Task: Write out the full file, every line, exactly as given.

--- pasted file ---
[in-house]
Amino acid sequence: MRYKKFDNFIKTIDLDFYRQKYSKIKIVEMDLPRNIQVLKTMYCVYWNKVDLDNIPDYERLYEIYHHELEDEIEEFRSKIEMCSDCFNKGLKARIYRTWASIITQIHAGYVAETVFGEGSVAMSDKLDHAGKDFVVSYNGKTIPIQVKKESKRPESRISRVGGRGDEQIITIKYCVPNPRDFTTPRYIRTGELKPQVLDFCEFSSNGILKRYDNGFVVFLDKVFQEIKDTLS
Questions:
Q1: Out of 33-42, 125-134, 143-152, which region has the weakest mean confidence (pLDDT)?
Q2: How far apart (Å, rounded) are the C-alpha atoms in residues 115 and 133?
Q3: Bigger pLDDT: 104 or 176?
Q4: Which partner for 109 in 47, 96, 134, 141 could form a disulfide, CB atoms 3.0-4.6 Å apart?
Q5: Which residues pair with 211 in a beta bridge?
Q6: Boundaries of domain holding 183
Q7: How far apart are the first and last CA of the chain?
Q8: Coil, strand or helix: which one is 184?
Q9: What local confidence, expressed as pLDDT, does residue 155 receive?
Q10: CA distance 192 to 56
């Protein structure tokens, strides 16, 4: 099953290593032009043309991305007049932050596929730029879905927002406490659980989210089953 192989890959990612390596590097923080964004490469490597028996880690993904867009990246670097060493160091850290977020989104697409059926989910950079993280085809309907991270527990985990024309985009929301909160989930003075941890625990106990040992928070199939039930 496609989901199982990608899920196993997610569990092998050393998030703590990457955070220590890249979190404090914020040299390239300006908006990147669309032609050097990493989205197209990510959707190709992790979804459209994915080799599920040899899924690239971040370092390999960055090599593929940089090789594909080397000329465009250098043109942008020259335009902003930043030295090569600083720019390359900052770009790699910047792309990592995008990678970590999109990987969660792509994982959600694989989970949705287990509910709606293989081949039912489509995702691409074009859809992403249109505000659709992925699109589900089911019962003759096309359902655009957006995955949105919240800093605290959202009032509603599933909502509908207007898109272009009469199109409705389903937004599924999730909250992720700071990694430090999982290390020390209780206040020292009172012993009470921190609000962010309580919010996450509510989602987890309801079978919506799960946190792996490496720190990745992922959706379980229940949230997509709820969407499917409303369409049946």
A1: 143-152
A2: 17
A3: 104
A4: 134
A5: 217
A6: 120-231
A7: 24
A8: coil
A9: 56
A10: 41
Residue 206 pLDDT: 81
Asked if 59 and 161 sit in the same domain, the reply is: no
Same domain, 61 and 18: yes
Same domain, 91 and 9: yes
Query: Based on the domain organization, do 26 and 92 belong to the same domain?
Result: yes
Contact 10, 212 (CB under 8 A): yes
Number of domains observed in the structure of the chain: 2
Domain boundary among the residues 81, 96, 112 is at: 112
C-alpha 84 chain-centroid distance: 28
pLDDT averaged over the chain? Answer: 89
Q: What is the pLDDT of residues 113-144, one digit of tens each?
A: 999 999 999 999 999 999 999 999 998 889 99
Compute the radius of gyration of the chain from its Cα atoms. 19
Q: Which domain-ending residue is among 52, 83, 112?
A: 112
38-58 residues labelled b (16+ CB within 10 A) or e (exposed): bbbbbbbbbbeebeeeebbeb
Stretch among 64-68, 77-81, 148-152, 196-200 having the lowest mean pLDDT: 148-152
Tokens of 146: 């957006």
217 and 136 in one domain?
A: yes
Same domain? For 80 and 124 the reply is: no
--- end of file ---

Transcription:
[in-house]
Amino acid sequence: MRYKKFDNFIKTIDLDFYRQKYSKIKIVEMDLPRNIQVLKTMYCVYWNKVDLDNIPDYERLYEIYHHELEDEIEEFRSKIEMCSDCFNKGLKARIYRTWASIITQIHAGYVAETVFGEGSVAMSDKLDHAGKDFVVSYNGKTIPIQVKKESKRPESRISRVGGRGDEQIITIKYCVPNPRDFTTPRYIRTGELKPQVLDFCEFSSNGILKRYDNGFVVFLDKVFQEIKDTLS
Questions:
Q1: Out of 33-42, 125-134, 143-152, which region has the weakest mean confidence (pLDDT)?
Q2: How far apart (Å, rounded) are the C-alpha atoms in residues 115 and 133?
Q3: Bigger pLDDT: 104 or 176?
Q4: Which partner for 109 in 47, 96, 134, 141 could form a disulfide, CB atoms 3.0-4.6 Å apart?
Q5: Which residues pair with 211 in a beta bridge?
Q6: Boundaries of domain holding 183
Q7: How far apart are the first and last CA of the chain?
Q8: Coil, strand or helix: which one is 184?
Q9: What local confidence, expressed as pLDDT, does residue 155 receive?
Q10: CA distance 192 to 56
């Protein structure tokens, strides 16, 4: 099953290593032009043309991305007049932050596929730029879905927002406490659980989210089953 192989890959990612390596590097923080964004490469490597028996880690993904867009990246670097060493160091850290977020989104697409059926989910950079993280085809309907991270527990985990024309985009929301909160989930003075941890625990106990040992928070199939039930 496609989901199982990608899920196993997610569990092998050393998030703590990457955070220590890249979190404090914020040299390239300006908006990147669309032609050097990493989205197209990510959707190709992790979804459209994915080799599920040899899924690239971040370092390999960055090599593929940089090789594909080397000329465009250098043109942008020259335009902003930043030295090569600083720019390359900052770009790699910047792309990592995008990678970590999109990987969660792509994982959600694989989970949705287990509910709606293989081949039912489509995702691409074009859809992403249109505000659709992925699109589900089911019962003759096309359902655009957006995955949105919240800093605290959202009032509603599933909502509908207007898109272009009469199109409705389903937004599924999730909250992720700071990694430090999982290390020390209780206040020292009172012993009470921190609000962010309580919010996450509510989602987890309801079978919506799960946190792996490496720190990745992922959706379980229940949230997509709820969407499917409303369409049946």
A1: 143-152
A2: 17
A3: 104
A4: 134
A5: 217
A6: 120-231
A7: 24
A8: coil
A9: 56
A10: 41
Residue 206 pLDDT: 81
Asked if 59 and 161 sit in the same domain, the reply is: no
Same domain, 61 and 18: yes
Same domain, 91 and 9: yes
Query: Based on the domain organization, do 26 and 92 belong to the same domain?
Result: yes
Contact 10, 212 (CB under 8 A): yes
Number of domains observed in the structure of the chain: 2
Domain boundary among the residues 81, 96, 112 is at: 112
C-alpha 84 chain-centroid distance: 28
pLDDT averaged over the chain? Answer: 89
Q: What is the pLDDT of residues 113-144, one digit of tens each?
A: 999 999 999 999 999 999 999 999 998 889 99
Compute the radius of gyration of the chain from its Cα atoms. 19
Q: Which domain-ending residue is among 52, 83, 112?
A: 112
38-58 residues labelled b (16+ CB within 10 A) or e (exposed): bbbbbbbbbbeebeeeebbeb
Stretch among 64-68, 77-81, 148-152, 196-200 having the lowest mean pLDDT: 148-152
Tokens of 146: 């957006």
217 and 136 in one domain?
A: yes
Same domain? For 80 and 124 the reply is: no